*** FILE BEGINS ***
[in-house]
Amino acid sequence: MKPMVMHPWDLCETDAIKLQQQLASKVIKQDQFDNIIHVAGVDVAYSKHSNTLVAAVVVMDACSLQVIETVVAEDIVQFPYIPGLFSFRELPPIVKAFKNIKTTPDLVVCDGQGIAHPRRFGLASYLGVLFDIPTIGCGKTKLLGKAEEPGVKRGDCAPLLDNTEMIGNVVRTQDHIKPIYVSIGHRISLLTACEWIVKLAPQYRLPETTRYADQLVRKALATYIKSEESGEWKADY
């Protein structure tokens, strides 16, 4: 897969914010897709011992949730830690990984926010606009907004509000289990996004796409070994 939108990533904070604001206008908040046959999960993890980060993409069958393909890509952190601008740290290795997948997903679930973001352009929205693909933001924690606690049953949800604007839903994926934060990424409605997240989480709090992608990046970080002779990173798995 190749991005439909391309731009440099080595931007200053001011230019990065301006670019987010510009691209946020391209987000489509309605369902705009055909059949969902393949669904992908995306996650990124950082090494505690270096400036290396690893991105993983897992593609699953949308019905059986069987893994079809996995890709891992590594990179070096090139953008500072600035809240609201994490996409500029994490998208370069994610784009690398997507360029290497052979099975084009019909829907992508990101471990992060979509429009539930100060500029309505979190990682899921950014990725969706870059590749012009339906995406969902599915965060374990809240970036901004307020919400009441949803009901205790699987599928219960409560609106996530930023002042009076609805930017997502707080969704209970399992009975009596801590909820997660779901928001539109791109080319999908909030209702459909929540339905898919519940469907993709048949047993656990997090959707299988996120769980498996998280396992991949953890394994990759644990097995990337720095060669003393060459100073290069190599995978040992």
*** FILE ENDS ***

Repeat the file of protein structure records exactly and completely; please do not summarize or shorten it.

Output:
[in-house]
Amino acid sequence: MKPMVMHPWDLCETDAIKLQQQLASKVIKQDQFDNIIHVAGVDVAYSKHSNTLVAAVVVMDACSLQVIETVVAEDIVQFPYIPGLFSFRELPPIVKAFKNIKTTPDLVVCDGQGIAHPRRFGLASYLGVLFDIPTIGCGKTKLLGKAEEPGVKRGDCAPLLDNTEMIGNVVRTQDHIKPIYVSIGHRISLLTACEWIVKLAPQYRLPETTRYADQLVRKALATYIKSEESGEWKADY
């Protein structure tokens, strides 16, 4: 897969914010897709011992949730830690990984926010606009907004509000289990996004796409070994 939108990533904070604001206008908040046959999960993890980060993409069958393909890509952190601008740290290795997948997903679930973001352009929205693909933001924690606690049953949800604007839903994926934060990424409605997240989480709090992608990046970080002779990173798995 190749991005439909391309731009440099080595931007200053001011230019990065301006670019987010510009691209946020391209987000489509309605369902705009055909059949969902393949669904992908995306996650990124950082090494505690270096400036290396690893991105993983897992593609699953949308019905059986069987893994079809996995890709891992590594990179070096090139953008500072600035809240609201994490996409500029994490998208370069994610784009690398997507360029290497052979099975084009019909829907992508990101471990992060979509429009539930100060500029309505979190990682899921950014990725969706870059590749012009339906995406969902599915965060374990809240970036901004307020919400009441949803009901205790699987599928219960409560609106996530930023002042009076609805930017997502707080969704209970399992009975009596801590909820997660779901928001539109791109080319999908909030209702459909929540339905898919519940469907993709048949047993656990997090959707299988996120769980498996998280396992991949953890394994990759644990097995990337720095060669003393060459100073290069190599995978040992």